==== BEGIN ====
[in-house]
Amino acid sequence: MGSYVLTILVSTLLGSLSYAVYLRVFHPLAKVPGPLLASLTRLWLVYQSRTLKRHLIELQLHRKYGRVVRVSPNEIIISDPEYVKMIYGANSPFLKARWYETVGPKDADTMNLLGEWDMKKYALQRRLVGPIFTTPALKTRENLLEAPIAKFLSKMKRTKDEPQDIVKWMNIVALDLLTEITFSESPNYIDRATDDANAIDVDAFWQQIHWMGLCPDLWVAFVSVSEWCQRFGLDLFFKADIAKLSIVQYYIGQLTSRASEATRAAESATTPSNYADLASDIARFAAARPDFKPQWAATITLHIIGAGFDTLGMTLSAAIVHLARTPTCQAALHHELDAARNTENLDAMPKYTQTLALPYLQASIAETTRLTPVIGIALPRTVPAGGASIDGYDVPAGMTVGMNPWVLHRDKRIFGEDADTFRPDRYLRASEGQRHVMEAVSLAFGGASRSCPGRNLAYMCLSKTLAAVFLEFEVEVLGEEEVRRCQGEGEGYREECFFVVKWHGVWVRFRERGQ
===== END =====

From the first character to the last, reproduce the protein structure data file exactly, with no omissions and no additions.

[in-house]
Amino acid sequence: MGSYVLTILVSTLLGSLSYAVYLRVFHPLAKVPGPLLASLTRLWLVYQSRTLKRHLIELQLHRKYGRVVRVSPNEIIISDPEYVKMIYGANSPFLKARWYETVGPKDADTMNLLGEWDMKKYALQRRLVGPIFTTPALKTRENLLEAPIAKFLSKMKRTKDEPQDIVKWMNIVALDLLTEITFSESPNYIDRATDDANAIDVDAFWQQIHWMGLCPDLWVAFVSVSEWCQRFGLDLFFKADIAKLSIVQYYIGQLTSRASEATRAAESATTPSNYADLASDIARFAAARPDFKPQWAATITLHIIGAGFDTLGMTLSAAIVHLARTPTCQAALHHELDAARNTENLDAMPKYTQTLALPYLQASIAETTRLTPVIGIALPRTVPAGGASIDGYDVPAGMTVGMNPWVLHRDKRIFGEDADTFRPDRYLRASEGQRHVMEAVSLAFGGASRSCPGRNLAYMCLSKTLAAVFLEFEVEVLGEEEVRRCQGEGEGYREECFFVVKWHGVWVRFRERGQ